For many years in Britain the story was
a young person left their parents’ home, married by 25,
bought a house and started a family.
But the story today is very different.
The number of young people living with their parents
has been on the rise since the turn of the century.
In fact, the number of 20 to 34 year olds living at home
事实上 自2002年以来 20至34岁
has grown by nearly 50 percent since 2002.
The housing system in London
really is a pretty disastrous system for most people
and certainly at least half the population,
they are paying through the nose.
I don’t think that like we’re realistic to think about
how I can save to buy home
and I say change jobs and I can then climb the ladder
So why is it so hard
to get on the London property ladder?
Home ownership hasn’t always been a national obsession.
A century ago three quarters of the UK
rented the place they lived.
Now only about a third of the country’s households are renting.
But those that are have a serious disadvantage
if they ever hope to own.
To understand how we got here,
let’s rewind back to a pivotal part of the country’s history:
the second world war.
The country which was heavily bombed during the conflict
began a period of rebuilding and repairing
between 1945 and 1951.
The government launched an ambitious building program of homes
to rent at controlled prices.
Prime Minister Clement Attlee’s government
built more than one million houses during this period.
By the 1970s,
one out of every four London households
was living in an affordable social rented accommodation,
also known as a council house.
But 1979 changed everything.
To all the British people, howsoever they voted,
may I say this, now that the election is over,
may we get together
and strive to serve and strengthen the country of which we are so proud.
Margaret Thatcher was elected prime minister,
less than a year later she introduced an act
allowing tenants in social housing
to buy their homes from the government,
moving these houses from the public to the private sector.
She also eliminated the rental cap,
which meant prices were vulnerable to the whims of the market
Her policies initially increased home ownership among the working class in London.
But eventually lower and middle income workers began to see
the drawbacks of being thrust into the competitive private housing market.
It became much worse for tenants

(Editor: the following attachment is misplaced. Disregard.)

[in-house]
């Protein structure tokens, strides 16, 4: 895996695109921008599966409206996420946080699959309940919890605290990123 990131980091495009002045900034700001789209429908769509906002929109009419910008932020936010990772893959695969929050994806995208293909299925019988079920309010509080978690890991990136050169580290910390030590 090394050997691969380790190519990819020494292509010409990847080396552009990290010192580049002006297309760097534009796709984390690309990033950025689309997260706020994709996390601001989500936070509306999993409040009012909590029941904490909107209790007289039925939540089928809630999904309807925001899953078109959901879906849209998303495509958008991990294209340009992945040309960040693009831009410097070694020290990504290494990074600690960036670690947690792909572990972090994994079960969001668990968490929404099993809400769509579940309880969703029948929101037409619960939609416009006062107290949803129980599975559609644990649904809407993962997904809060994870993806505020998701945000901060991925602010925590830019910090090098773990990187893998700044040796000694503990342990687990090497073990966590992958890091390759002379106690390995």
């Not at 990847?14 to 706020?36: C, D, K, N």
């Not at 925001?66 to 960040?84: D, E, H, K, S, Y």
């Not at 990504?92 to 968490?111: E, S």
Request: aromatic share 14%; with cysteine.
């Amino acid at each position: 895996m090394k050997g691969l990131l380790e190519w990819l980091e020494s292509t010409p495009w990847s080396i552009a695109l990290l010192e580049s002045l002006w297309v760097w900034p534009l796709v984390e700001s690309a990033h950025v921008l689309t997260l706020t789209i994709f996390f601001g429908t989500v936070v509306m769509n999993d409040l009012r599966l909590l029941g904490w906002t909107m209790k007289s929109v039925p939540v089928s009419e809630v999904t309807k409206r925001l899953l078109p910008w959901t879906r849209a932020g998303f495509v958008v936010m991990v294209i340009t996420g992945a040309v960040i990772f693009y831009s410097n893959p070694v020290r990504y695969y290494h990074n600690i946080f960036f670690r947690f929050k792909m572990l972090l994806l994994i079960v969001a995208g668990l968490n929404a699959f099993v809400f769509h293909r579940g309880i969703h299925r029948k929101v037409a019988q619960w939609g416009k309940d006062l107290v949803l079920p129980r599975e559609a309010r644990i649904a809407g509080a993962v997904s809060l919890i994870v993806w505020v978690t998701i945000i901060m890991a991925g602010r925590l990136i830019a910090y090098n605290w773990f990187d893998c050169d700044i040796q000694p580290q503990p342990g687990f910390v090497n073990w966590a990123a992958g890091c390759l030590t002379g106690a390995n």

but much more attractive for landlords.
And that sector began to grow
and it grew from the mid-1980s right through till now.
Rents which take up 30% or 40% or 50% of their salary,
so they’re not in a position to save the money you need,
to break into the ownership system.
So we have if you like disgruntled people,
but particularly young adults
who are really not being served by this system at all.
This graph shows the relationship between private rentals
and home ownership in London.
When Thatcher took office, private rentals were declining steadily
while home ownership with a mortgage was on the rise.
By the end of her time in 1990,
this changed dramatically.
Private rentals rose
while those owning homes with a mortgage dwindled.
More than 30 years later for the first time in decades,
there were more London households privately renting
than owning a home with a mortgage.
Thatcher also weakened trade unions,
a platform workers used to demand better work conditions and pay.
All she is on about are these high tech…
you know going to college and all this
I’m thick, I’m not a college man.
I’m a labourer and all I want is a labourer’s job.
She took them all away!
She felt these unions were too powerful
and made British companies less competitive on the global stage.
Her plan worked. Well, somewhat.
她的计划奏效了 嗯 有点吧
British firms did become more competitive
but salary growth across the country declined
from about 17% in 1979 to just over 10% in 1990
and it has continued to decline today.
In London, the average house price in the 1980s
was something like 3 or 4 times the average salary
but now in London, it’s something like 13 times the average salary.
Jonathan Oomen is a 30-year-old Londoner
who has felt the sting of high rents and low salaries.
Buying a home seems very far out of his reach.
If I’m attempting to save,
it’s like straight away as soon as the paycheck comes in
it’s going into savings.